you don't need to remove your hand to make attacks, your weapon is still being wielded... the Cestus does not say that wielding a weapon suddenly unwields the cestus.

actually now that I look at it more clearly, this specifically revolves around whether or not the weapon is considered wielded, which is HEAVILY based on GM interpretation, so it's literally up to the GM.


I think the general understanding that most people have is that wielding a two handed weapon will prevent you from using any other weapon associated with those hands. Try this, hold a pencil or stick in two hands. Now try to throw a punch with just one of them. Hows that working out?

It has nothing to do with hands of effort or two weapon fighting rules, it's simply that there are certain things you can't physically do while using a weapon two handed.


I think "using" a cestus is where you tell it you're going to specialize in fighting with cestus as your primary weapon and then you just sorta never actually take the cestus out in combat and eventually it realizes you never really wanted to punch people, you just liked that it had a really cool home theatre system and would drive you places.


Let's try another exercise. Envision someone the size of a 9 year old child grappling and pinning an Elephant. Seems impossible, doesn't it? But strangely it is perfectly legal and possible in PF.

Speaking strictly RAW, the Cestus says that when using it, I can wield and/or hold other things in that hand. Hence my OP question of what "using" means. Does it mean just wear? When I'm 'wearing' a cestus, my fingers are free so I can use items in that hand? If this is the case, why use "using"? They were just talking about "wearing" right before this part, so why not just say "wearing"?

Or does 'using' mean I can threaten and attack with it?

It's not hard at all to envision holding a dagger in my cestus-covered hand and punching someone...then on their turn when they drink a potion, stabbing them with the dagger.

The way I read it, the Cestus breaks the general rule. Normally if your hand is occupied, you are not free to do anything else with that hand. But a Cestus is different. While wearing it you are armed. And when using it to punch or threaten with, your fingers are free to also use another item in that same hand. So I could carry a heavy shield on one arm, wear a cestus on my other hand, and carry a wand in that hand in such a way that I can activate the wand on my turn and still threaten my reach with the cestus. Activating the wand does not remove the "armed" nature that the cestus grants me.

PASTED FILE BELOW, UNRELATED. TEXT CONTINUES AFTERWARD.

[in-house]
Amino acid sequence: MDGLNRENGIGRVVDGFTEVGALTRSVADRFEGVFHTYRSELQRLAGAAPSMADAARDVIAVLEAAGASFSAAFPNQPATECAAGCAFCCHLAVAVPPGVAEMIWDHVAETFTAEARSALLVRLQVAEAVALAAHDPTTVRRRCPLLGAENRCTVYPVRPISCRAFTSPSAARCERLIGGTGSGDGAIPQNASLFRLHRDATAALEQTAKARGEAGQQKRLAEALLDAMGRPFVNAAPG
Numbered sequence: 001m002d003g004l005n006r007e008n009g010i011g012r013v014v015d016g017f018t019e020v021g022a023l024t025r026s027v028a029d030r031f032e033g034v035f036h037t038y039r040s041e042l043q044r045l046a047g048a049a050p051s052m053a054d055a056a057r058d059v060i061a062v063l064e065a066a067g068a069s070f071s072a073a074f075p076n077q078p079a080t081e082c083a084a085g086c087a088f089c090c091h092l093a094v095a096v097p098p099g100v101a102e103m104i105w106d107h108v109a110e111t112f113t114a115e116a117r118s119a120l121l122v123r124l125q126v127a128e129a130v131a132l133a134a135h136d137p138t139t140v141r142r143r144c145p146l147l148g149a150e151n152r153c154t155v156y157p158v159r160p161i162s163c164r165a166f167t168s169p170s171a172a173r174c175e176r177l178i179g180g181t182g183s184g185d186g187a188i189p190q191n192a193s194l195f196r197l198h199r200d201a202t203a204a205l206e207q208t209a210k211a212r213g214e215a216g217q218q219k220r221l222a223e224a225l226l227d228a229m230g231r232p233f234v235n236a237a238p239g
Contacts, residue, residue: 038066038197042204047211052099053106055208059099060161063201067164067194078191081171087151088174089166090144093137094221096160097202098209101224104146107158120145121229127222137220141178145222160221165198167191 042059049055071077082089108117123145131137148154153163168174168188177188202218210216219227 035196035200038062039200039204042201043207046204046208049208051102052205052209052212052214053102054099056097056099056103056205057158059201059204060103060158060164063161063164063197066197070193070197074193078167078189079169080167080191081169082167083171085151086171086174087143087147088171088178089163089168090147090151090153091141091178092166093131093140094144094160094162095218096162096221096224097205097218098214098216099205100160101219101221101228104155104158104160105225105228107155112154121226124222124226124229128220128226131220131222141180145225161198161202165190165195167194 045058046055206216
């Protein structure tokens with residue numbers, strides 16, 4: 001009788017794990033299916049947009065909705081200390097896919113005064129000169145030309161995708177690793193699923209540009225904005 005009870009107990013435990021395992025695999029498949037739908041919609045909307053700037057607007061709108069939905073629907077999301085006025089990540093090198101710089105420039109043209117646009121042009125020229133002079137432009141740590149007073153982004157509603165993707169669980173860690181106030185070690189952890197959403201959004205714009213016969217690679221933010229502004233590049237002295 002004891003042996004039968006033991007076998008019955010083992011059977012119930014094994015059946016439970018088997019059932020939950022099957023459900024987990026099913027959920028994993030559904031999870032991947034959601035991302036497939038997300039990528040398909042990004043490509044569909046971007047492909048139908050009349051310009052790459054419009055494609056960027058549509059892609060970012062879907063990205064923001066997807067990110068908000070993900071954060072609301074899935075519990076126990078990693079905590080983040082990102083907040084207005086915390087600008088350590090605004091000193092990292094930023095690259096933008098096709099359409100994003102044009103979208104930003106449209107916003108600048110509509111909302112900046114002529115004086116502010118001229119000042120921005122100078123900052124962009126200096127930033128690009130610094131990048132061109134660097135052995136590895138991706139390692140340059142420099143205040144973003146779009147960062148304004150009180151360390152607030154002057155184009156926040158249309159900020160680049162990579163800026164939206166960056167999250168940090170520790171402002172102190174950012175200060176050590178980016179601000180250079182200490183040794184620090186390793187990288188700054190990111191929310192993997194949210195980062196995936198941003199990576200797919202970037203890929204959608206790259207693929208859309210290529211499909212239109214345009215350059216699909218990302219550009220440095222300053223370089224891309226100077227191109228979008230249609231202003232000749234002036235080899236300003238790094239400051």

This doesn't mean I can attack with both the cestus AND the dagger in the same Round (unless I have iterative attacks). We're not talking about sneaking in an extra attack here or TWF or anything of the like. But this DOES mean I can threaten with both so that I can hit with one for my attack and then hit with the other as an AoO between my turns.


seebs wrote:
I think "using" a cestus is where you tell it you're going to specialize in fighting with cestus as your primary weapon and then you just sorta never actually take the cestus out in combat and eventually it realizes you never really wanted to punch people, you just liked that it had a really cool home theatre system and would drive you places.

HA! I like that definition better.


It seems pretty obvious that "using" could mean "attacking with" or "wearing". "Attacking with" makes no sense in context, so I think it just means "wearing". So the question is, does that imply that you could use it to make AoO, etc?

I think my answer would be "if your hand is otherwise free, you can punch with it, and you threaten, so you can take AoO". So I wouldn't let you do it if you were wielding a 2H weapon, because the list of free actions you can take off your turn in the recent FAQ does not include "change how you are holding a weapon". But I suppose in theory I might let you punch while holding a dagger.


Dagger is innately different than greatsword. Want to swap between dagger and cestus punches (provided you are appropriately using iterative attacks or TWF rules) with the round fine. Want to choose which one to make your AoO? No problem.

It's only a problem when you try to do it with a two handed weapon instead.


So what if you have a dagger in each hand and a cestus worn on one? Can you punch as an AoO? You seem to think that would be ok. And yet both of your hands are occupied just as they are with a two-handed weapon.

A two-handed weapon does not occupy your right hand any more than a dagger occupies your right hand. It also doesn't occupy your left hand any more than a dagger in your left hand does. There are no differing grades of "occupy". Either a given hand is occupied or it isn't.

Punching with a cestus as an AoO with a dagger in your hand is just as possible by the rules as punching with a cestus as an AoO with a greatsword in that hand.